I can see your point about terrorizing a segment of the population, but giving special protection to certain groups will only cause more anger and perpetuate the hate. Make the penalty stiff enough to properly punish the crime- no matter what the motivation was. I re-state the concept of equal protection under the law. People hate each other for many reasons. All crimes against people require punishment and I don't see how you can reasonably mark one group for stronger protection over another. Don't you see how that will further anger one group? It makes you feel better though, doesn't it? I doubt a minority group member would ever be prosecuted for a hate crime against a member of a more mainstream (common or majority) member of the population. I also doubt you can ever reasonably prove people's motives for the crimes they commit. If my wife starts cheating on me with a black man, I'm probably not going to like him much. It isn't racially motivated, but can you know for sure?

Wulfgar

I am, personally, very uneasy about my support for hate crime legislation for exactly the reasons you bring up, Rocky. If only our legislators were willing to argue on those grounds ... or, perhaps, if our press was willing to report such opposition.

Jeff

Like I said, there's no special protection. Absolutely none. Anyone can be the victim of a hate crime and anyone can commit a hate crime. I fail to see the special protection in that.

"I doubt a minority group member would ever be prosecuted for a hate crime against a member of a more mainstream (common or majority) member of the population."

The FBI doesn't keep hate crime-type statistics for prosecutions that I can find, so I can't any actual numbers other than reported hate crimes. There are plenty of anti-white crimes reported.

However, Wisconsin v. Mitchell, which is from what I can gather the definitive Supreme Court case on hate crimes, involves a black man committing an anti-white hate crime.

"I also doubt you can ever reasonably prove people's motives for the crimes they commit. If my wife starts cheating on me with a black man, I'm probably not going to like him much. It isn't racially motivated, but can you know for sure?"

Can you really know for sure about any crime? It is difficult to prove, but we have juries to decide that for us. Again, stats are hard to come by for conviction rates, but California hovers around 50%, so I would guess 40-50% for the country overall.

Kate S.

Without getting into the minutia of the legislation (I am a long-time donor to and advocate of the Southern Poverty Law Center, just to show you where I stand,) I would like to address your observation about state partisanship -- I see it here, like never before. It started before this last election but after the Man Date our fate was sealed: Republican Good, Democrat BAD and it's like a game of cat and mouse for these folks on the hill anymore, the Repubs like to tease, to play, to maul, then finally eat their prey.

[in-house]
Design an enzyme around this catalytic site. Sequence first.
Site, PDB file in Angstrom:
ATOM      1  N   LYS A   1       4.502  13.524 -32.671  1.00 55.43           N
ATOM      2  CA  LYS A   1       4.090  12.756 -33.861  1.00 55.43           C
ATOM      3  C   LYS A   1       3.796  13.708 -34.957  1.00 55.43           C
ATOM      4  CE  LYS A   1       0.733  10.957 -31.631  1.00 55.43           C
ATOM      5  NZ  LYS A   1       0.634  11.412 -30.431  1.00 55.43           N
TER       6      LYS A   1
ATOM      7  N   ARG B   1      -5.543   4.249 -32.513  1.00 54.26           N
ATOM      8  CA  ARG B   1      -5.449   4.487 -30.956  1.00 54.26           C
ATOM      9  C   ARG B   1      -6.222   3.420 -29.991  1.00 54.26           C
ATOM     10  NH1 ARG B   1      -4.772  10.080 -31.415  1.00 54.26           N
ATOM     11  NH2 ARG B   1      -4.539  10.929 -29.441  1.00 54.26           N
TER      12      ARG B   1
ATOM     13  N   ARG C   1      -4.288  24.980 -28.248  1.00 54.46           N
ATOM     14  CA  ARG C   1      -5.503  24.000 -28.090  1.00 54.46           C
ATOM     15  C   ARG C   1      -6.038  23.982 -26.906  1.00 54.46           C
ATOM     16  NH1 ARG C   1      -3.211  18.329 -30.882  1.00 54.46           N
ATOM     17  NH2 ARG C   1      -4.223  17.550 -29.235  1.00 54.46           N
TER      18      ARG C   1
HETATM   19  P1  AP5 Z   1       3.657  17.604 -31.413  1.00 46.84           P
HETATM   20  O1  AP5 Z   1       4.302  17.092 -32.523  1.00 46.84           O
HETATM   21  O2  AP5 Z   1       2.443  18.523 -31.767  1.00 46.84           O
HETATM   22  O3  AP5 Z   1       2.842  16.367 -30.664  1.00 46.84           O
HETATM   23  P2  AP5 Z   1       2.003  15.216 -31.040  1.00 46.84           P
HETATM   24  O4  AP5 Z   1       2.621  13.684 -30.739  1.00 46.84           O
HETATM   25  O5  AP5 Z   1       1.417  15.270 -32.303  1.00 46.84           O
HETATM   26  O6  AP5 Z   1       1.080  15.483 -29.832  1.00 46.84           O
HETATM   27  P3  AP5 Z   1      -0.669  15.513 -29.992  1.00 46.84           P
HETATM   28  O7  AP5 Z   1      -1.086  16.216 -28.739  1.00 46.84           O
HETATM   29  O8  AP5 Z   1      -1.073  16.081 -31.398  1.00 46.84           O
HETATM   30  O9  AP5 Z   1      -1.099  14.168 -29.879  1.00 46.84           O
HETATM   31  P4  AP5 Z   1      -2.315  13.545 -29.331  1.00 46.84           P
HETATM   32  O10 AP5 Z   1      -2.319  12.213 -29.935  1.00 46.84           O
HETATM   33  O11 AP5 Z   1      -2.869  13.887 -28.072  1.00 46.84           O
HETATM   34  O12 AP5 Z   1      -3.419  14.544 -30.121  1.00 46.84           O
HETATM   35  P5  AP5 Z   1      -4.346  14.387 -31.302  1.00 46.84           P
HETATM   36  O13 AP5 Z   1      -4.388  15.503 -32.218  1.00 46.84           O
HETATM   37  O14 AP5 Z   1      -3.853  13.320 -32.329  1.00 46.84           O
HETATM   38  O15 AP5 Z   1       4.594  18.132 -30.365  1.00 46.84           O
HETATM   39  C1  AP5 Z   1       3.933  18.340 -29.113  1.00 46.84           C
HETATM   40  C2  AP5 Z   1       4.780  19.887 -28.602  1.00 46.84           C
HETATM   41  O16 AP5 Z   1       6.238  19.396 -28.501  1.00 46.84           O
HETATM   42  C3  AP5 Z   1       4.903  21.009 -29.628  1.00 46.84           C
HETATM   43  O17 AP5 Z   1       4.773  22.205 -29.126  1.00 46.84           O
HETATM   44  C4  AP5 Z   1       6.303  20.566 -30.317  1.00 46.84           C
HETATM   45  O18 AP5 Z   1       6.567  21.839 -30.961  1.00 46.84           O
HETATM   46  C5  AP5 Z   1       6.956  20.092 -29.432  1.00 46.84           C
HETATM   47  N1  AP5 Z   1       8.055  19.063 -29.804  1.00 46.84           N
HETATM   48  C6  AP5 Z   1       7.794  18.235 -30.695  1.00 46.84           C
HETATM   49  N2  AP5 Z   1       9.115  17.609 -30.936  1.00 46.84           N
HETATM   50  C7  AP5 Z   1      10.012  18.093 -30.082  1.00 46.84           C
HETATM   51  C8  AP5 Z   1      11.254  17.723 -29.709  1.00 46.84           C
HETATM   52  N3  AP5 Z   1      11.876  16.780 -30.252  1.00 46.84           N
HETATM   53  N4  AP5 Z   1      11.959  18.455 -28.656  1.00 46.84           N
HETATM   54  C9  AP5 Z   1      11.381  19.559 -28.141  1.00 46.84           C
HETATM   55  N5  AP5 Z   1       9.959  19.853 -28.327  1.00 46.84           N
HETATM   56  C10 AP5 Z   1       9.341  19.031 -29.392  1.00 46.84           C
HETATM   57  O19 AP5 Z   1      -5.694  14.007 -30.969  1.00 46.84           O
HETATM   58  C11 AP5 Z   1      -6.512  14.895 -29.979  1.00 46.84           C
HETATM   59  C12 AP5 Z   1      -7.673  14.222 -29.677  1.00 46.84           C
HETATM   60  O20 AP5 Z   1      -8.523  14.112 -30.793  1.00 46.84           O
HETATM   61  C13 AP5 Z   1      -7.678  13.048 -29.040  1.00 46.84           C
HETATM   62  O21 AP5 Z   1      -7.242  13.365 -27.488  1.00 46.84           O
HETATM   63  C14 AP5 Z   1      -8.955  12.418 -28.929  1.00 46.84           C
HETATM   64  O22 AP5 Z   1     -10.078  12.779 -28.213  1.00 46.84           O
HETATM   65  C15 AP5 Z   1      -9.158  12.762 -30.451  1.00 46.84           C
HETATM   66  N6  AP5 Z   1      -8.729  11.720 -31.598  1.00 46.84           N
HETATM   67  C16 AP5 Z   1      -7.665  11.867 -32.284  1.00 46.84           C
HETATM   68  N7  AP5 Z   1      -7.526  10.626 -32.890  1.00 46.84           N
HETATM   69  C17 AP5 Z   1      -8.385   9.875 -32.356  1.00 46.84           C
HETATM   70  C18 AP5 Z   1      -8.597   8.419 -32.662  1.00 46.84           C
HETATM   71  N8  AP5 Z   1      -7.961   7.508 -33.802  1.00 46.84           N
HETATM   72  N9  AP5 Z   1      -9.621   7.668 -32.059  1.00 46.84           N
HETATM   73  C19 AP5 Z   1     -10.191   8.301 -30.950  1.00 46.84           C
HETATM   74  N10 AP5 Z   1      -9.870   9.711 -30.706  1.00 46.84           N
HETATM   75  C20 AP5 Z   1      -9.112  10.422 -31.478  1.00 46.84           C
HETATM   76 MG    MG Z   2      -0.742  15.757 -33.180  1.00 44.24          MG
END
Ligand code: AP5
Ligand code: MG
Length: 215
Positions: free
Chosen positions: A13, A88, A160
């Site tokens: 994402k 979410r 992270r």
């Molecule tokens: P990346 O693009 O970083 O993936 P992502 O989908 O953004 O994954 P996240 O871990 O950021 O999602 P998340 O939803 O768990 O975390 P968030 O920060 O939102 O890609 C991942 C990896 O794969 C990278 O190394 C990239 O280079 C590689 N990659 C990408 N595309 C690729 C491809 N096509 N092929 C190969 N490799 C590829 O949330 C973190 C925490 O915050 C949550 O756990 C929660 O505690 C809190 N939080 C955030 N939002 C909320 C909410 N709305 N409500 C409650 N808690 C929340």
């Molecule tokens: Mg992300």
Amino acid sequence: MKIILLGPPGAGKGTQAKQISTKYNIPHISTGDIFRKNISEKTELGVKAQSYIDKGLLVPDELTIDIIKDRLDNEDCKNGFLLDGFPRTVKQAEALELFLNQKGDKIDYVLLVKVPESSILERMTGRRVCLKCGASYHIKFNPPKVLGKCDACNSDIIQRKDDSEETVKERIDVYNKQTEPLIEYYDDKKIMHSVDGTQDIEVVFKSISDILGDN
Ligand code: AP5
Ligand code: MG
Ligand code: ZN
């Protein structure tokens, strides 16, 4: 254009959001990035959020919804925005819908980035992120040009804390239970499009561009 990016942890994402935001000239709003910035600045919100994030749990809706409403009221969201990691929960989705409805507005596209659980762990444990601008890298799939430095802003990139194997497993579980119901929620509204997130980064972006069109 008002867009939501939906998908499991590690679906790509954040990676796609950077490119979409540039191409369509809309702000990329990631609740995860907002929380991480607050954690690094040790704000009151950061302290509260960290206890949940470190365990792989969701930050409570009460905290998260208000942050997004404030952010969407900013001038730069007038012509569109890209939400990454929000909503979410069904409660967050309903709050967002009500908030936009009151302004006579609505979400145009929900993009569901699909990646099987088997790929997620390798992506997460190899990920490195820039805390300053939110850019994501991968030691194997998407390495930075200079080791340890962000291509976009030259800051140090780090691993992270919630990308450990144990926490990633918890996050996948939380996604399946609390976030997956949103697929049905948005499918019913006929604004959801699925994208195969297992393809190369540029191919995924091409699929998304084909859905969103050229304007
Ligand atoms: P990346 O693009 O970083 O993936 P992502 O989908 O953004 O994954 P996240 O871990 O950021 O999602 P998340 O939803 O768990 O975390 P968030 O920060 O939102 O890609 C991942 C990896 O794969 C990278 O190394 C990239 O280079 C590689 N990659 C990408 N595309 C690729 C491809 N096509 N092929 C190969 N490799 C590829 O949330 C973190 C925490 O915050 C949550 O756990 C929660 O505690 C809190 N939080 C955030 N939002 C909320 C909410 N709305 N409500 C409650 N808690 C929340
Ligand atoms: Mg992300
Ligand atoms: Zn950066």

There must have been a White House Memo passed down to the state capitol buildings or something. "Point, laugh, snear, snicker, slap, smakc and generally make fun of anything that comes out of a Democrat's mouth -- and then eat them."

John Holmes

I found your Blog while looking into John Sinrud. The first time I ever met him he said something boneheaded, so I was delighted to find someone else who shared my opinion. However...

I might have to agree with him on this hate crime business. In the last 40 years we've gone crazy over political correctness, out of which have come all these PC laws. I don't want to be a partisan for hate crimes, but I don't want to criminalize hate. For easy example, I HATE George W. Bush, Rumsfeld, and several others -- and I don't want to go to jail for it.

I hate to admit it, pun, but I think Mr. Sinrud might actually have been on the right track with his free speech issue. Nationally, as I'm sure you know, we've also criminalized several forms of Hate Speech, which presumably is one of the hate crimes Mr. Sinrud is worried about.

Hate speech? If you think about it, the reason for free speech is so people can express hateful ideas (at least hateful to someone), hence the need for this important freedom. To our founding fathers, criminalizing someone for speaking his mind was worse than letting him say it. Hate is part of the marketplace of ideas, and we have to trust the market to take care of bad ideas.

But that said, go ahead and bash Mr. Sinrud all you like. He probably got lucky with his one good idea, but whatever the reason, thanks to people like him remembering the Bill of Rights, we can hate him at will and not go to jail for it.

Fortunately I don't think we have to worry about this guy. I see that he's associated with 21 bills, none of which have passed. So he seems to be as ineffectual as he is boneheaded. Good combination.

John